Testing a transform
Create tests for jscodeshift transforms for a faster feedback loop
When working on a transform, it likely only needs to be run once on a codebase, unless it's intended to be reused multiple times. For example, the
react-codemod package is a set of transforms to help update React APIs. These transforms are intended to be run on many codebases.
react-codemod transforms are a good example of when testing can be helpful, since they'll be run on many codebases. However, even if a transform is only intended to be run once on your codebase, writing tests can be a good way to streamline development.
The process we've been using up to this point has been to work on the transform, run it on the codebase, undo the changes (
git reset), and repeat. The test helpers from jscodeshift can help turn this into a more automated test-driven development process, and make the iteration much faster by removing the need to run it on the codebase and undo the changes.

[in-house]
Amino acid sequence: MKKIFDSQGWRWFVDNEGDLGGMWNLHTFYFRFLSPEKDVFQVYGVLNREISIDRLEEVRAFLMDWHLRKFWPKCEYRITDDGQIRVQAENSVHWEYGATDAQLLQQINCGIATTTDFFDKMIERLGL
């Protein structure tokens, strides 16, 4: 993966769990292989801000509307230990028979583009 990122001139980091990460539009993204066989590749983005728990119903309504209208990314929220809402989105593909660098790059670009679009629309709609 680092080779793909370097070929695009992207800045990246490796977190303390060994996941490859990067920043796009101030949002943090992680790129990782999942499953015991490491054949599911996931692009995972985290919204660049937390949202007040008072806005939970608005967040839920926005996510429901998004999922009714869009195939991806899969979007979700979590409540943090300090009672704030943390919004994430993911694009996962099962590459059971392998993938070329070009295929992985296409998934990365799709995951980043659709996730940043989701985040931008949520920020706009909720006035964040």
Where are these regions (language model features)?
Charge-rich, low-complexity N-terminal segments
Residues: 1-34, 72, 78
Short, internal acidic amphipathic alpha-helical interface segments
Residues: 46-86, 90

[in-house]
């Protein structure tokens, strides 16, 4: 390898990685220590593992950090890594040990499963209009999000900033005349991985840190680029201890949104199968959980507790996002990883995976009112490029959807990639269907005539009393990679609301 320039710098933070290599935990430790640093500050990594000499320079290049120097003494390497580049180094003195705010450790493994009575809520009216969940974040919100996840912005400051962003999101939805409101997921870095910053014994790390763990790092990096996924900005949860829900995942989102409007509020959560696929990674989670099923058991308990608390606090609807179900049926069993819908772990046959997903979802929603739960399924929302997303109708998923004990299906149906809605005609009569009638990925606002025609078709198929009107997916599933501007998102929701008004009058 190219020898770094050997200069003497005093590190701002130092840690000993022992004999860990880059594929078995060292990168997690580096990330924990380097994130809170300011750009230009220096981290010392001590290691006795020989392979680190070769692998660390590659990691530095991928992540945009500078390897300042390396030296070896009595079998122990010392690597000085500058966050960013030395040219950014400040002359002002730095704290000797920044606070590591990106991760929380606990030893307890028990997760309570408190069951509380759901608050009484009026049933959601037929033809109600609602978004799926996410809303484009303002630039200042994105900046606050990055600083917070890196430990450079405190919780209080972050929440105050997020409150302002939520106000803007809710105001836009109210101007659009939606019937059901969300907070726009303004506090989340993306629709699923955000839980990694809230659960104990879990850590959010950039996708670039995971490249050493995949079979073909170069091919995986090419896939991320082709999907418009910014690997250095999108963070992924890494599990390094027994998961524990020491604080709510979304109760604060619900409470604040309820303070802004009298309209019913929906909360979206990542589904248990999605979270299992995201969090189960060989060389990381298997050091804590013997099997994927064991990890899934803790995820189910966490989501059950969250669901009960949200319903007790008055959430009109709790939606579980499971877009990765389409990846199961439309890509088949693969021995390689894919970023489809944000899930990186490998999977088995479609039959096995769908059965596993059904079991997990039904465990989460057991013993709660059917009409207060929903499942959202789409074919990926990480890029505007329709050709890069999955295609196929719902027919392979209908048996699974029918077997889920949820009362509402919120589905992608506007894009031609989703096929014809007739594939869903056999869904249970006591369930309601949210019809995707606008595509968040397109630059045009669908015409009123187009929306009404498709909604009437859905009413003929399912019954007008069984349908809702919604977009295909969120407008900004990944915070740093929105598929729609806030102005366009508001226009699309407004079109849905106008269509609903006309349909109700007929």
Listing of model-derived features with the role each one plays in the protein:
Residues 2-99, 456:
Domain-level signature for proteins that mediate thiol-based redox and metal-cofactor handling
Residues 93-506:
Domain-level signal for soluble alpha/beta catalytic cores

Adding unit tests#
Let's continue with the same jscodeshift transform from the previous lesson. We can start by creating new directories for the test cases and test fixtures.
This requires some extra setup, with either babel or
ts-jest. There are tradeoffs with either approach, but the babel approach only transpiles and doesn't perform any type-checking. The
ts-jest package is a bit easier to set up, and also performs type-checking. Either approach will work, but let's install the necessary dependencies to get
Now, with the test tooling set up, it's time to add a test. Create a new
transform-test.ts file in the
In this case, we'll have one test file because there's one transform.
The test fixtures will contain input and output pairings, and there can be as many as needed. The test currently expects test fixtures with the name
basic suffixed with
.output along with the extension which will be
.js in this case.
Next, add these two files in
The input will be what is passed into the transform, and the
defineTest helper will assert the transform output matches the test fixture output.
We can then add a
test script to
package.json to make it easier to run the tests.
The test can be run with
npm test, and it should pass.